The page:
Improving lives for Aboriginal people in the Northern Territory
Community safety for Aboriginal people living in remote communities continues to improve with a stronger police presence as part of the Northern Territory Emergency Response (NTER).
The latest Closing the Gap in the Northern Territory Monitoring Report demonstrates that assaults, alcohol-related incidents and child welfare incidents continue to fall in NTER communities.
This consistent trend shows that the Government’s record investment in programs and services to communities under the NTER is beginning to make a difference.
The NTER initially led to increases in incidents reported to authorities as more police were available on the ground to address issues. Recent police data showing a steady decline in several crime incident categories highlights the importance of a stronger police presence.
The number of confirmed aggravated assaults recorded by police in the NTER communities rose 41 per cent between 2007-08 and 2008-09 but dropped by 23 per cent between 2008-09 and 2009-10 and fell slightly from 2009-10 and 2010-11.
Convictions for assaults fell by 10 per cent over the past year on the back of a 29 per cent increase between 2007-08 and 2009-10.
Alcohol and substance-abuse related incidents have also continued to fall, down by five and seven per cent respectively over the past year despite increases of 28 per cent and 47 per cent respectively between 2007-08 and 2009-10.
Ensuring the safety and wellbeing of communities, especially for women and children, has been a key priority for the Australian Government under the NTER.
Since 2007, 62 additional police have been deployed to NTER communities and police are now located in 18 communities that did not have a presence prior to the NTER.
Night patrols also continue to play an important role in improving safety, highlighting the benefits of government and community working together.
The Australian Government has now funded 80 night patrol services and 22 safe places are operating in NTER communities.
The services provide safety and services for local people and employ more than 420 local Indigenous people.
Between January and June 2011, night patrol services helped people get to a safe place on almost 60,000 occasions.
The mobile child protection team has also been working to improve community safety and has investigated and provided follow-up services in more than 1,220 matters between January and June 2011, with 157 visits to communities.
Through the school nutrition program, more than 7,000 meals are being provided each day across 66 primary and secondary schools servicing 73 communities. Of the 200 jobs this program has created in remote communities, 165 are held by local Indigenous people.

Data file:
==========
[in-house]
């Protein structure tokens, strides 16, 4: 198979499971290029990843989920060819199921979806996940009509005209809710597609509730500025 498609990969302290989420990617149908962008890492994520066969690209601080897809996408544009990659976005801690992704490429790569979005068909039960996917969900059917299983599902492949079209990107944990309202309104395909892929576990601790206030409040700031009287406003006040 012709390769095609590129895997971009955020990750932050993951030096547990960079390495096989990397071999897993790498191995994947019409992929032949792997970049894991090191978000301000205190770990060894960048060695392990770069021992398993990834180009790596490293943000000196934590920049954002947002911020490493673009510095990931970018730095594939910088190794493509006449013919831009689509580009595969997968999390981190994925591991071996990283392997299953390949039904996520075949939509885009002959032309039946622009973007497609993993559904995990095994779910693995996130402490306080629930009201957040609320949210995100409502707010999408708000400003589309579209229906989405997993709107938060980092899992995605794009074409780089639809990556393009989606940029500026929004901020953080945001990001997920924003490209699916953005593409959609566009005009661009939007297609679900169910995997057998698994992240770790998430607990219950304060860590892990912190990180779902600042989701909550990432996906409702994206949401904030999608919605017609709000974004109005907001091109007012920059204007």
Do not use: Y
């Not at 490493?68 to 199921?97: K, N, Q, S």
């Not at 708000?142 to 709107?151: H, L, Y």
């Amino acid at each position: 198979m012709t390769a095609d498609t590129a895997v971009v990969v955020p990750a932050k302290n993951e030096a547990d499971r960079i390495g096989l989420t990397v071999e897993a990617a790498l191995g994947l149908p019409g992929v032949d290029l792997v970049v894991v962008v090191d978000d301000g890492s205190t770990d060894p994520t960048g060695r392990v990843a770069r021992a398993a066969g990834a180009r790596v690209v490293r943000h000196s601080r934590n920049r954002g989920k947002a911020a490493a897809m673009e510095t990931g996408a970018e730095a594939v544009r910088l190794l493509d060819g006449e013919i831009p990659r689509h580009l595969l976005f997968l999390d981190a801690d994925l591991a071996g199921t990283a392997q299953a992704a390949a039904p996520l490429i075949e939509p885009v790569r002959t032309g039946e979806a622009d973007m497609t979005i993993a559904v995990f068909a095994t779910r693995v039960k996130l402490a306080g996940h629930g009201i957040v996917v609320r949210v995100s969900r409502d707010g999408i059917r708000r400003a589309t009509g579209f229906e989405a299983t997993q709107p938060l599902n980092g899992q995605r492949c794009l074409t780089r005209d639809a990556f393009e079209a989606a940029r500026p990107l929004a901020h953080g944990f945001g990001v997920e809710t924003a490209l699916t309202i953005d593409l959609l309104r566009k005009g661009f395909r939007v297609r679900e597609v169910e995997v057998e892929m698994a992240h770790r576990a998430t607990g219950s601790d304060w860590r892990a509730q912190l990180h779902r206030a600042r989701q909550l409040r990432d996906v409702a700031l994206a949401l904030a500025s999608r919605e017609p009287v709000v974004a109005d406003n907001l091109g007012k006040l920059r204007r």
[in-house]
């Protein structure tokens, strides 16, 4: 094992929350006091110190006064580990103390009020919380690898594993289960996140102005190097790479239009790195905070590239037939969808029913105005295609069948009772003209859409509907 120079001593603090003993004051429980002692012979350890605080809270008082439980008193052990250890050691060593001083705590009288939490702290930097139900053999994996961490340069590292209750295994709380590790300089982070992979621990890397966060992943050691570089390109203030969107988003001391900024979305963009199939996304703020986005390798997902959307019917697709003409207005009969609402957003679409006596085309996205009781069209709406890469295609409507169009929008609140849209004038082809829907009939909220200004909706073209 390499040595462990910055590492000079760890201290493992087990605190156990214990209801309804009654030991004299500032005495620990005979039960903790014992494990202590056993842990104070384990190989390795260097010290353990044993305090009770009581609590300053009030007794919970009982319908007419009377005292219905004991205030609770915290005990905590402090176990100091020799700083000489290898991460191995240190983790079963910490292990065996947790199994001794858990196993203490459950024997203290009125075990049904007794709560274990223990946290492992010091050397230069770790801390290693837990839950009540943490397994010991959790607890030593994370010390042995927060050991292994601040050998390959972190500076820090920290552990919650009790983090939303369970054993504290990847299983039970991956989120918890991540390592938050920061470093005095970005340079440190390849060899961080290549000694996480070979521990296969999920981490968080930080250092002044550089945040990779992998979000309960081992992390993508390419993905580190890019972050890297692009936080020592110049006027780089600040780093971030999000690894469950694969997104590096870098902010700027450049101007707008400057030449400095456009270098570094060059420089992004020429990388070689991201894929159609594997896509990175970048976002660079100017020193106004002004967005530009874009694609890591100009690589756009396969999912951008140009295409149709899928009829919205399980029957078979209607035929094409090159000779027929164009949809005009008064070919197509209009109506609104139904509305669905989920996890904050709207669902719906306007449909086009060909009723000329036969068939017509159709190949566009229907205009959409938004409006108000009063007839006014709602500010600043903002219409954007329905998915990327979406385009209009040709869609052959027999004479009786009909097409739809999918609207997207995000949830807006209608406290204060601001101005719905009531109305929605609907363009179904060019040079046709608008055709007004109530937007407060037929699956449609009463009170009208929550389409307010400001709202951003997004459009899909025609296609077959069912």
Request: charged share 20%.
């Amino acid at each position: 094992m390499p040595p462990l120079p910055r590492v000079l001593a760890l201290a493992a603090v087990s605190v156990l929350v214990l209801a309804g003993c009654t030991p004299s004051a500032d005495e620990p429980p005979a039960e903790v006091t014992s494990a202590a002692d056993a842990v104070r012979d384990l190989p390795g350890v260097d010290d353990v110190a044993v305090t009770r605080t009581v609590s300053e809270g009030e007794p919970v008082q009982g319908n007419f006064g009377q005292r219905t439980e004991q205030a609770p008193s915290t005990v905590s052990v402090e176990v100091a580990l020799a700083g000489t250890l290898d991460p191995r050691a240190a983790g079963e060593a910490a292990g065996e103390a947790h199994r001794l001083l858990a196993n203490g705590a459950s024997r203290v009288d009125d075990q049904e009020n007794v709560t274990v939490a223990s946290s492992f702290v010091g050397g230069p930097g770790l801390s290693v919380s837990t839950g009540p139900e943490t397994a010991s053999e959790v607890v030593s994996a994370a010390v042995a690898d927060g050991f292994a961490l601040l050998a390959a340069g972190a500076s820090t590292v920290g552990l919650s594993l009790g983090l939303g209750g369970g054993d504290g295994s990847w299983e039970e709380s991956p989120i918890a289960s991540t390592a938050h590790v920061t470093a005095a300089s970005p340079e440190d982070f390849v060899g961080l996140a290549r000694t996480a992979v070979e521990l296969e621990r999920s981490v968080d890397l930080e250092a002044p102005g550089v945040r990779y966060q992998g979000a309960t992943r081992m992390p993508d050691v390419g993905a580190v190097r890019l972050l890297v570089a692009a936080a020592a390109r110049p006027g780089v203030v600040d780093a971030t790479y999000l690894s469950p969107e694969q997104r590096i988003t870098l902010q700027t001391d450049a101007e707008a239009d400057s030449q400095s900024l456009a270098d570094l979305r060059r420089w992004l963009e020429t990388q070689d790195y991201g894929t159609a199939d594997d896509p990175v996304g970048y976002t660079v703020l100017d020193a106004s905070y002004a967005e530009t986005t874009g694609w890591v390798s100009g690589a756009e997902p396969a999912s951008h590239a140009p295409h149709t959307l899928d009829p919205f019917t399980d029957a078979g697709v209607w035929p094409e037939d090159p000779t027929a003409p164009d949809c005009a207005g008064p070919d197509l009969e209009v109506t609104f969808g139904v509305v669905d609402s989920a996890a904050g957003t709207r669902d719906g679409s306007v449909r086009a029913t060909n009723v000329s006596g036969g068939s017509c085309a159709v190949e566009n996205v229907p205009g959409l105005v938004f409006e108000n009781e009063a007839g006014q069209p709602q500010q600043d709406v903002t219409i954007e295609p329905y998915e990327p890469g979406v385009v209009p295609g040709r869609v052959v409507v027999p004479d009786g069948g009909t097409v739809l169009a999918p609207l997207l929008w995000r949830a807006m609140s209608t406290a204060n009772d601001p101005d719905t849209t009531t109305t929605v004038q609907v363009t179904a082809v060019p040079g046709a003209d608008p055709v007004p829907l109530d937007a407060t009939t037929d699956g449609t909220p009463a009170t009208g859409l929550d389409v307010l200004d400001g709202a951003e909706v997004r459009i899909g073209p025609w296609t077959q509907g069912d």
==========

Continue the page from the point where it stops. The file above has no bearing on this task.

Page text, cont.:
The education gap is still too large in the Northern Territory and the Government is determined to continue to work to find ways to ensure children are enrolled at and attend school every day. In the past year, 50 extra teachers have been employed in NTER communities, bringing the total number of extra teachers employed since the start of the NTER to just under 200.
Other services delivered under the NTER in the last six months include:
- 252 short-term placements of health workers including doctors, nurses and allied health professionals;
- 451 audiology checks conducted and 433 children received audiology follow-up services
- 1,273 dental checks conducted and 1,009 children received dental follow-up services
- 14 remote Aboriginal family and community workers in place in communities
- the numbers of teacher houses available in communities has more than doubled.
The Australian Government has been conducting discussions with Aboriginal people in the Northern Territory about the next steps in building stronger futures together.
Throughout the consultation process, Aboriginal people have made significant contributions to discussions about how to work together to address disadvantage and build stronger futures for families and communities in the Northern Territory.
The Government is currently analysing the information and views provided by individuals and communities and developing policy proposals for the future.
A summary of service delivery since the commencement of the NTER is attached.
To view the full NTER monitoring report visit: http://www.fahcsia.gov.au/our-responsibilities/indigenous-australians/publications-articles/closing-the-gap-in-the-northern-territory-including-northern-territory-emergency-response